Harsher penalties for illegal racers and those who take the rap for others in traffic offences from June 30

The harsher penalties are a result of changes to the Road Traffic Act passed by Parliament in May.
The harsher penalties are a result of changes to the Road Traffic Act passed by Parliament in May.PHOTO: ST FILE

SINGAPORE - Illegal racers and those who get others to assume responsibility for their traffic violations will face harsher penalties from Wednesday (June 30), as a slew of previously amended traffic laws takes effect.

With the changes, electric bicycle riders must also start registering for an online theory test from Wednesday. Companies whose drivers are involved in an offence while driving a company vehicle will be required to quickly identify their driver to the traffic police.

The harsher penalties for wide-ranging offences are a result of changes to the Road Traffic Act passed by Parliament in May.

The provisions on illegal races, in particular, were made after 26 people were caught taking part in illegal street races last year, up from 17 people in total charged with this offence from 2015 to 2019.

The Tanjong Pagar crash during Chinese New Year in February that killed five people was also believed to be in part caused by the driver speeding.

From Wednesday, those who promote or take part in illegal speed races can be fined up to $5,000, up from the previous fine range of between $1,000 and $2,000. They can also be jailed for up to a year, double the previous maximum of six months.

Repeat offenders can be jailed for up to two years - up from a year - and fined up to $10,000, much higher than the $2,000 to $3,000 they could have got before.

Separately, those who mislead the traffic police by getting others to take the rap for them, as well as those who take the rap for others, can be fined up to $10,000, jailed for up to a year, or both, in a new offence created to penalise those who obstruct justice.

They may also be disqualified from driving, a punishment which from Wednesday can be dished out to those who commit an offence in a road rage context.

This disqualification is on top of the other penalties the motorist may already face for a road rage incident - voluntarily causing hurt, for instance. The new category of offence is so that more hostile actions, no matter what they are, can be covered under the law as long as it is a case of road rage.

The courts will decide whether or not to disqualify the driver, and how long the period of disqualification will be.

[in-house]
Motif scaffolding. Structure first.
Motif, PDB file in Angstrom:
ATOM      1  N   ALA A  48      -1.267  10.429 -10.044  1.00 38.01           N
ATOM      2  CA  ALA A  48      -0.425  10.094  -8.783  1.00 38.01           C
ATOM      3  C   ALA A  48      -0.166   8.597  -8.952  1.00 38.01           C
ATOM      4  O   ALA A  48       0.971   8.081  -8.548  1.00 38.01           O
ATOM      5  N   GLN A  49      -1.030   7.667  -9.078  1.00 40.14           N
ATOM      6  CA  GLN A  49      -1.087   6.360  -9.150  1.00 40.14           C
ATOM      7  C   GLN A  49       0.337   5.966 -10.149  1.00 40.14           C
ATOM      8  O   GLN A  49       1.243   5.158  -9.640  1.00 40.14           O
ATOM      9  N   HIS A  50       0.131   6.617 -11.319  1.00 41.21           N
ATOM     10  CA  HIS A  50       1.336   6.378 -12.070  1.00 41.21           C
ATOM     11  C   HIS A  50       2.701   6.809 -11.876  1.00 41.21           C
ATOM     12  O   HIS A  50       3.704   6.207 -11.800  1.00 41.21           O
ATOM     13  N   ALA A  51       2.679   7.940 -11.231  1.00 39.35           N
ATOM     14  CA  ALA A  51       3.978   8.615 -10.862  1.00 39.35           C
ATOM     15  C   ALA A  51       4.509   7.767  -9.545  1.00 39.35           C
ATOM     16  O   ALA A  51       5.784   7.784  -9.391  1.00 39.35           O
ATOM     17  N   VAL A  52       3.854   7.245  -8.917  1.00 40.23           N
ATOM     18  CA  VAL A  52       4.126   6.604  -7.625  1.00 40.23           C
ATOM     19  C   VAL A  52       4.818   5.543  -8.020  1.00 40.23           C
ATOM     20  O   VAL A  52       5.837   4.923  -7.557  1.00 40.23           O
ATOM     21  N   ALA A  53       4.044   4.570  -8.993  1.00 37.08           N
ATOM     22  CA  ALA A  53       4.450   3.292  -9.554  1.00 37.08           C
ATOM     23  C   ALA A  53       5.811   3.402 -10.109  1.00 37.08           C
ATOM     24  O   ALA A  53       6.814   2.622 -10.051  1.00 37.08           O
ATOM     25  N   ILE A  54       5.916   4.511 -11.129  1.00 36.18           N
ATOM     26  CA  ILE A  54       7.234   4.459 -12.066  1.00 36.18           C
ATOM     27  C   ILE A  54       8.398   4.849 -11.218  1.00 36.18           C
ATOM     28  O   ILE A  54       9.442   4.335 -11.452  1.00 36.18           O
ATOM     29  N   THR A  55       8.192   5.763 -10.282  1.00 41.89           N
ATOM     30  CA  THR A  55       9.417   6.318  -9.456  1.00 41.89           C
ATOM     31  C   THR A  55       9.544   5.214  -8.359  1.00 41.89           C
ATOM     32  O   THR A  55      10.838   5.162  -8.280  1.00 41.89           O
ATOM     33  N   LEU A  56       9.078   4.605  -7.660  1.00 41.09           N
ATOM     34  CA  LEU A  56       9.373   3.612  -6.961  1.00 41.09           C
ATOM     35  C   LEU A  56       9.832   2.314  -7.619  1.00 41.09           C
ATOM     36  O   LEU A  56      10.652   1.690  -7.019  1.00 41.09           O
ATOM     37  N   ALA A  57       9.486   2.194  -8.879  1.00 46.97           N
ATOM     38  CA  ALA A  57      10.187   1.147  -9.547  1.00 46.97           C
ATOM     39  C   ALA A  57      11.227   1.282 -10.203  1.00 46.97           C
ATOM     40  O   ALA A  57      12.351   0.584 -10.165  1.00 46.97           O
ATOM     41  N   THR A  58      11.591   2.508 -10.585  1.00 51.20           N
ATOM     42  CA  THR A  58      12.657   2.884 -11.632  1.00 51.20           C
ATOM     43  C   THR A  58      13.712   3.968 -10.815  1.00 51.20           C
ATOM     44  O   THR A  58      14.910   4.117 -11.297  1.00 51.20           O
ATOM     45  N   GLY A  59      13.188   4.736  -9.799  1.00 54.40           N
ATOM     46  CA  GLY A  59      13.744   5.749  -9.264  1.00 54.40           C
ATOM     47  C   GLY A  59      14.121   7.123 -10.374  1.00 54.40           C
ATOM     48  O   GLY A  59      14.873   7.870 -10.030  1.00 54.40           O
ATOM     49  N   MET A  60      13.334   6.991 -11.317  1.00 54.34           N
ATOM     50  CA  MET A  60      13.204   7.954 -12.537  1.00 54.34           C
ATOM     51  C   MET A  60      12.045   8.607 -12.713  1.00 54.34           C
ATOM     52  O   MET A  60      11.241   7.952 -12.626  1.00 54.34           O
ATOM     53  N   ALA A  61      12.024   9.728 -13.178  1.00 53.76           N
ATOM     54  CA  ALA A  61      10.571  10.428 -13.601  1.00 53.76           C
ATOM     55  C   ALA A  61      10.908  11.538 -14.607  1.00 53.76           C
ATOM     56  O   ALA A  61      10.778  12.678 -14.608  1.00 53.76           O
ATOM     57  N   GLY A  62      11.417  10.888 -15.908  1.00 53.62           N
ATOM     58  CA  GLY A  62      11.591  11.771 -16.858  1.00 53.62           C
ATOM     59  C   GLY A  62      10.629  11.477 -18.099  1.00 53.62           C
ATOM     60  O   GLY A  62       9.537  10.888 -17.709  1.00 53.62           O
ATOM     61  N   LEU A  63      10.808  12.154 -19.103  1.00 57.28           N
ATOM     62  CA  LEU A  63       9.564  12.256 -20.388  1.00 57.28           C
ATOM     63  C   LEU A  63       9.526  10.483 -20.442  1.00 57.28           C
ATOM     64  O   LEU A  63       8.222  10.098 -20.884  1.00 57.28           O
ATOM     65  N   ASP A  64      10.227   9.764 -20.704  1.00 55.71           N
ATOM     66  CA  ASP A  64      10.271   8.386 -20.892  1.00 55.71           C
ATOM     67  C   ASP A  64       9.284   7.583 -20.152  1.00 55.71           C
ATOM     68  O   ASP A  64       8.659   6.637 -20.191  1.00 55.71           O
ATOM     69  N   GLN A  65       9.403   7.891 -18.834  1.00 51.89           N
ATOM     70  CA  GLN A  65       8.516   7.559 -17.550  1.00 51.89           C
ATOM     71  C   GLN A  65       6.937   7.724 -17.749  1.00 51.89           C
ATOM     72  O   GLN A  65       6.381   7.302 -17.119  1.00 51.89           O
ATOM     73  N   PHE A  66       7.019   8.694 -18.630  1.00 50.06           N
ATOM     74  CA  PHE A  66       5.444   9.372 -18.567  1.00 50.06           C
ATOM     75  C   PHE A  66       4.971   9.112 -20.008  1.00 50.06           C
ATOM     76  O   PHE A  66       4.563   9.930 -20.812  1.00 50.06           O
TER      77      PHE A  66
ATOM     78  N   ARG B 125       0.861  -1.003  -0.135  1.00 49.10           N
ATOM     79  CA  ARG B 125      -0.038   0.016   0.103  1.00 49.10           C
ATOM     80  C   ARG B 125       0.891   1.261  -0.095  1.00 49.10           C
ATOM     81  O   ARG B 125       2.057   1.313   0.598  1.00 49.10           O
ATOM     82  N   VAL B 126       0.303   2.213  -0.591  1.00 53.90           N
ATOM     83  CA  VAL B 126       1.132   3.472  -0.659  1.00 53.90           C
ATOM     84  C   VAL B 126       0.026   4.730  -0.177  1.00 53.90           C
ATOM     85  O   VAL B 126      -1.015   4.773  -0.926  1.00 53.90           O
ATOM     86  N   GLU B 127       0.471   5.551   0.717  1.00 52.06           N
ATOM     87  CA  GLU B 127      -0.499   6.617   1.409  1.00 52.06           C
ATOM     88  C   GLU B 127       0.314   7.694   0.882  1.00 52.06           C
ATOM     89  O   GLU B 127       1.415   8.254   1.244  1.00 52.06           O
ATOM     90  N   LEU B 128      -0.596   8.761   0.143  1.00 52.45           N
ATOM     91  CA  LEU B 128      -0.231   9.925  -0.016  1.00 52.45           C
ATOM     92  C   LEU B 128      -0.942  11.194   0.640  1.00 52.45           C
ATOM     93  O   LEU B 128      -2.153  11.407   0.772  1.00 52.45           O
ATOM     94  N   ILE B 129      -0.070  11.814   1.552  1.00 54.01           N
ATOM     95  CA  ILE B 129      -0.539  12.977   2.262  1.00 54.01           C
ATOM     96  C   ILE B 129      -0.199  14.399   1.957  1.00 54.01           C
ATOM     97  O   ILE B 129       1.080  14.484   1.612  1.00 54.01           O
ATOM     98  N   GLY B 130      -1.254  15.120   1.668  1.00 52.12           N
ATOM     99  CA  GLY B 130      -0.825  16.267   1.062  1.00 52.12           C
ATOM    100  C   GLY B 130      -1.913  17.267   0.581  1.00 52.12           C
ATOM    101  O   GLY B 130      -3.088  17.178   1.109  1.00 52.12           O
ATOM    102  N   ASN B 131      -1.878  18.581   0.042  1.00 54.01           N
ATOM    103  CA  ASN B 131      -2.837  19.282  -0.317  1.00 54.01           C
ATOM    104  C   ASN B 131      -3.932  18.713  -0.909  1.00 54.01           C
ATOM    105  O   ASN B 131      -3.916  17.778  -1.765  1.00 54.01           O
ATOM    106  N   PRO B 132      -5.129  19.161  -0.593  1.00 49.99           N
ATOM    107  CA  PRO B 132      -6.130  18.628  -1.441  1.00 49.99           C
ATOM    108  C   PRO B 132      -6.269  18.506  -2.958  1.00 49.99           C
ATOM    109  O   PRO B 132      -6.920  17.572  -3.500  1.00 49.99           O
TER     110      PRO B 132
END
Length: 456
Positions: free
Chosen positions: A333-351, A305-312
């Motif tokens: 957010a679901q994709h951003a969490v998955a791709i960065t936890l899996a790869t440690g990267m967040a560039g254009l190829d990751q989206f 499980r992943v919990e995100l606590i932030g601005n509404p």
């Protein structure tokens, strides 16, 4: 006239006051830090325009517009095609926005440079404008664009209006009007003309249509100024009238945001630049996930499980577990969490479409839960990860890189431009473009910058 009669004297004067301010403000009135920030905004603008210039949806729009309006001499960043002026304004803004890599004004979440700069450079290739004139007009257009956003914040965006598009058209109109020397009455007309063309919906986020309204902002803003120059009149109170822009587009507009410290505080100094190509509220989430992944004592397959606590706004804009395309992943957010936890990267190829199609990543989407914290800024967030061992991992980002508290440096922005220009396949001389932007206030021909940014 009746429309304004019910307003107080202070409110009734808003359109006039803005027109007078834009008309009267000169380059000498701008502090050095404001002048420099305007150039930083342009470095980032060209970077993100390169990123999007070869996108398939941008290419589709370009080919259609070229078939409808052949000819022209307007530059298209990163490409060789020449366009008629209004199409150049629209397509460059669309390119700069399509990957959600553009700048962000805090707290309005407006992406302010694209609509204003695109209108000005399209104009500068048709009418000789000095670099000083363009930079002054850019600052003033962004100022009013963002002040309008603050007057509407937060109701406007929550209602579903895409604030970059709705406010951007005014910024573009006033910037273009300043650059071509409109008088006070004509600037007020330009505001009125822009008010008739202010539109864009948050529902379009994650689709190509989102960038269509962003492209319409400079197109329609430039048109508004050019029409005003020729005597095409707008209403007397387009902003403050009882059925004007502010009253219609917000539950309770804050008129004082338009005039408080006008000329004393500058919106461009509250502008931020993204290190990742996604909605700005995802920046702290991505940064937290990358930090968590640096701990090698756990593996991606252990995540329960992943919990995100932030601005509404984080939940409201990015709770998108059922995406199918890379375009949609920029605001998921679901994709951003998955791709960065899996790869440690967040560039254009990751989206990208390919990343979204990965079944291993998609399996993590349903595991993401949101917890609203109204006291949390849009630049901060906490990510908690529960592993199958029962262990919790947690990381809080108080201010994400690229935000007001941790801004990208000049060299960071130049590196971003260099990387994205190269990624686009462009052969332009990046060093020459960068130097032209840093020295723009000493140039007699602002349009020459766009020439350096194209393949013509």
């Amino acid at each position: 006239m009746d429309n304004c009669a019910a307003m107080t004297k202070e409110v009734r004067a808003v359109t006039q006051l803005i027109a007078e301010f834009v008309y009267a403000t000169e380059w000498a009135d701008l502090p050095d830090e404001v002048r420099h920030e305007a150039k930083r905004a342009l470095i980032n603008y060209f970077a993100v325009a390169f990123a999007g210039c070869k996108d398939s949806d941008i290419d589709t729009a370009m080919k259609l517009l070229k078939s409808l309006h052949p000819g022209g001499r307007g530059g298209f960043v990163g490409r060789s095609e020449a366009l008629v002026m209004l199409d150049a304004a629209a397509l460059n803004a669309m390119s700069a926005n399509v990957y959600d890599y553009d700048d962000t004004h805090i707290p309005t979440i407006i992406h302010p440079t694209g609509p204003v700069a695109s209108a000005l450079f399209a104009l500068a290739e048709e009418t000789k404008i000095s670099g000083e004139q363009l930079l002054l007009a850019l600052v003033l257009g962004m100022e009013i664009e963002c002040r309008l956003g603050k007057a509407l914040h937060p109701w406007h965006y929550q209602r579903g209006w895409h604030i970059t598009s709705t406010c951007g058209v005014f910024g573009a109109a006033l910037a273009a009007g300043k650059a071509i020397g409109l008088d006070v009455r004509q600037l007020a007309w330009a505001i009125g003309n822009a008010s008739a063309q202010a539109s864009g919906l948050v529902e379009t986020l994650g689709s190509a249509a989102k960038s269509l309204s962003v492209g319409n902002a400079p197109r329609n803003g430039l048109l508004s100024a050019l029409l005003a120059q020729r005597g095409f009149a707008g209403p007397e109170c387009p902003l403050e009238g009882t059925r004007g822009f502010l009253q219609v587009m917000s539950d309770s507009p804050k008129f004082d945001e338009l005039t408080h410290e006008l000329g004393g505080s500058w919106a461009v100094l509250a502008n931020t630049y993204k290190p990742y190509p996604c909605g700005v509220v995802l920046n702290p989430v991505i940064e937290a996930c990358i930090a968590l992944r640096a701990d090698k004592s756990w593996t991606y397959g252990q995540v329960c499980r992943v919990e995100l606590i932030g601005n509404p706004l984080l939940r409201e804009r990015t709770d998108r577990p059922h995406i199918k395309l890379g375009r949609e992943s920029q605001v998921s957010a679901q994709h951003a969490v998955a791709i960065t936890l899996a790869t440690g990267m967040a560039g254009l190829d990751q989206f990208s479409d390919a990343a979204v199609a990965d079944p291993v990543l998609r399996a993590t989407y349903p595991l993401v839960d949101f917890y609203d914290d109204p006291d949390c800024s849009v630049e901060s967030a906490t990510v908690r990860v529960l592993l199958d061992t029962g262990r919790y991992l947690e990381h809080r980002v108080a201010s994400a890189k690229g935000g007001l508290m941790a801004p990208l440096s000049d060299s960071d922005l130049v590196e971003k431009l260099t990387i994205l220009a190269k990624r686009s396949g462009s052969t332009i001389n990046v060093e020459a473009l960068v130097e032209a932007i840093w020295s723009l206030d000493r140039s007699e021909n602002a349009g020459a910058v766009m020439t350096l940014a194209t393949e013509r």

Other changes to take effect from Wednesday include harsher penalties - three demerit points in addition to the previous fine - for motorcyclists whose pillion riders are not wearing a helmet or wearing a non-approved helmet, as well as the start of e-bike theory tests for those who wish to ride their devices on roads, cycling paths and shared paths.

From next year, those who ride e-bikes without having passed the test will be liable for an offence. The devices continue to be banned on pedestrian footpaths.

The changes to the Road Traffic Act affect companies too, which from Wednesday will be required to keep records of their drivers for a year, instead of six months, in case they are involved in traffic offences while driving company vehicles.

They will also need to designate a “responsible officer” of sufficient seniority who may be liable if the company cannot or will not identify its driver to the traffic police.

Meanwhile, several changes made to the Road Traffic Act in 2019 meant to deter irresponsible driving have kicked in on Tuesday.

For drivers who have accumulated more than the maximum allowable demerit points, the revocation or suspension of their licence now takes effect four weeks after the date of notice, regardless of whether, or when, an appeal has been scheduled.

The order will then be rescinded only when the appeal is successful, streamlining the process and making sure the removal of such drivers from the road is not delayed.

Those who are suspended again after five or more prior suspensions will also have their suspension period increased from up to three years to up to five years. All probationary licences held by a motorist will now be revoked as long as one of his probationary licences is revoked.

Minister of State for Home Affairs Muhammad Faishal Ibrahim said on a Facebook post on Tuesday that the amendments should make Singapore’s roads safer.

“Let’s work together towards safer roads in Singapore,” he posted.